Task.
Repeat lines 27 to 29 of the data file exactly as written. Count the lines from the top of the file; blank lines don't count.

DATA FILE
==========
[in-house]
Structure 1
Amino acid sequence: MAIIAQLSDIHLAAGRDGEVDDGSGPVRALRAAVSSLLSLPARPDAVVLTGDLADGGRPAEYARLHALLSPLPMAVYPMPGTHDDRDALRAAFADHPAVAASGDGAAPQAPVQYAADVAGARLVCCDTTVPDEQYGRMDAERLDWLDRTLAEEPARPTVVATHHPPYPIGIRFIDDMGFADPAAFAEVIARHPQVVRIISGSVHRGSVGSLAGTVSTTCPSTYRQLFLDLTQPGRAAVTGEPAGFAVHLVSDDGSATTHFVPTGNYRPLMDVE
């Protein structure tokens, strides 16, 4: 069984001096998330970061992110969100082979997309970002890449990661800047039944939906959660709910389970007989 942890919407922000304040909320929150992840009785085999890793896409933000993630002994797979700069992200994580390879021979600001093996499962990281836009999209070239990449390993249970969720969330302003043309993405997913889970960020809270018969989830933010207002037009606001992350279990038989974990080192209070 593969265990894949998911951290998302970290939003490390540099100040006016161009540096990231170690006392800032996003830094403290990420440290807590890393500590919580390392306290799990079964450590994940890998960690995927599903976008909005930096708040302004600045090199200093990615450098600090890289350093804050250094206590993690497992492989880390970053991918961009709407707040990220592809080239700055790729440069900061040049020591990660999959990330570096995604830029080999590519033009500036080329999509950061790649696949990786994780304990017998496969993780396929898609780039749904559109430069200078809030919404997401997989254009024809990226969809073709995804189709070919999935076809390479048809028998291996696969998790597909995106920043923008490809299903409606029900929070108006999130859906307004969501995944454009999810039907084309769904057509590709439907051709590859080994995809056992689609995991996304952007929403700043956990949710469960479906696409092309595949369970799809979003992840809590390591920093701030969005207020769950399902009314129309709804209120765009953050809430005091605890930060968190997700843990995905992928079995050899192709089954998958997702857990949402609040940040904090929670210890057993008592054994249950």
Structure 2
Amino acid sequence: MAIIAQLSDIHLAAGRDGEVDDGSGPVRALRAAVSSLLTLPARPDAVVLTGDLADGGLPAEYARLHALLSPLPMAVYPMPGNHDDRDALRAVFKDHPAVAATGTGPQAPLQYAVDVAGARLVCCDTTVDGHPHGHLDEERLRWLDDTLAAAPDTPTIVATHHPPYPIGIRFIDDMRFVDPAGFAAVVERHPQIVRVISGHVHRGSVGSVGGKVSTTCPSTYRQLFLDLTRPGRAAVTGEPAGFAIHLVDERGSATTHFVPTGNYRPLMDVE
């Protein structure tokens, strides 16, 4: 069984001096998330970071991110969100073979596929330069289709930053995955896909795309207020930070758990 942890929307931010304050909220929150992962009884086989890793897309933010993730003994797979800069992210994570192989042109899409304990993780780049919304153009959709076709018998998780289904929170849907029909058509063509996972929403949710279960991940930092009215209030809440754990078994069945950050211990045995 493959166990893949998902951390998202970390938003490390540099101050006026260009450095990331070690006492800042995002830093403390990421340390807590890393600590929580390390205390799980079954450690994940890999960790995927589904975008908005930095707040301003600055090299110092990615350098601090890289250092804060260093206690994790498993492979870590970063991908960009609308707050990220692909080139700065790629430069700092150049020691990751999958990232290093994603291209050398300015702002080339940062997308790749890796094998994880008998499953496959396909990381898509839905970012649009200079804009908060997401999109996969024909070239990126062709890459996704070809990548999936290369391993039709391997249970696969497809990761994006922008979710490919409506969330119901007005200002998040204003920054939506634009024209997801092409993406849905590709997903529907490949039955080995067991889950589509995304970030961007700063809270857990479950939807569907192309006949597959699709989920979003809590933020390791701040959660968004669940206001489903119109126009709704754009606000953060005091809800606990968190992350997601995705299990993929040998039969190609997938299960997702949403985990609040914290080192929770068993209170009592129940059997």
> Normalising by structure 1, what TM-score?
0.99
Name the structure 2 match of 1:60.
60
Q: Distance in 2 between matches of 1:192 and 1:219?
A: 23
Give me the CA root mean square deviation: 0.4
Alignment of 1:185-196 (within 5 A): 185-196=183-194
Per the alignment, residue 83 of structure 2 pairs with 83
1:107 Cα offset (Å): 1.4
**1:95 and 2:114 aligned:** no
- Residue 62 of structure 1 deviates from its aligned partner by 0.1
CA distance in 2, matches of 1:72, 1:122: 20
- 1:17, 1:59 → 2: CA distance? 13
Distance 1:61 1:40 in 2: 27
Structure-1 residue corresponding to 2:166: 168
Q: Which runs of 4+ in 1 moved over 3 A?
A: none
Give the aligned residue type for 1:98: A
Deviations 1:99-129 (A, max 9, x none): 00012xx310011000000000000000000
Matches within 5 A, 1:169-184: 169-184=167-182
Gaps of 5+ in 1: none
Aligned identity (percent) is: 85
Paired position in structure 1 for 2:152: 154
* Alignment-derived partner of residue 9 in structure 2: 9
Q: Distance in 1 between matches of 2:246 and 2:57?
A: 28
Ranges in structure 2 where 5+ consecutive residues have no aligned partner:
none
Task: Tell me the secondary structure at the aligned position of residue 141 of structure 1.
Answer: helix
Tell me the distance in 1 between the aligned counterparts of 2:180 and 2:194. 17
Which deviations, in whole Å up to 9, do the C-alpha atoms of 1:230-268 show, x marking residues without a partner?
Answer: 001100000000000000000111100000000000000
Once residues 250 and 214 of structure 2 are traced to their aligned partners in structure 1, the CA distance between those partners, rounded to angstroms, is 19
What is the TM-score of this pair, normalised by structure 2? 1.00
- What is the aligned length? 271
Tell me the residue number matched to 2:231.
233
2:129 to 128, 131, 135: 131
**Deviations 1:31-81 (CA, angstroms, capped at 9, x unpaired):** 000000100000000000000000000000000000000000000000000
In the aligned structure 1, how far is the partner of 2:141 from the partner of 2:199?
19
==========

Deviations 1:99-129 (A, max 9, x none): 00012xx310011000000000000000000
Matches within 5 A, 1:169-184: 169-184=167-182
Gaps of 5+ in 1: none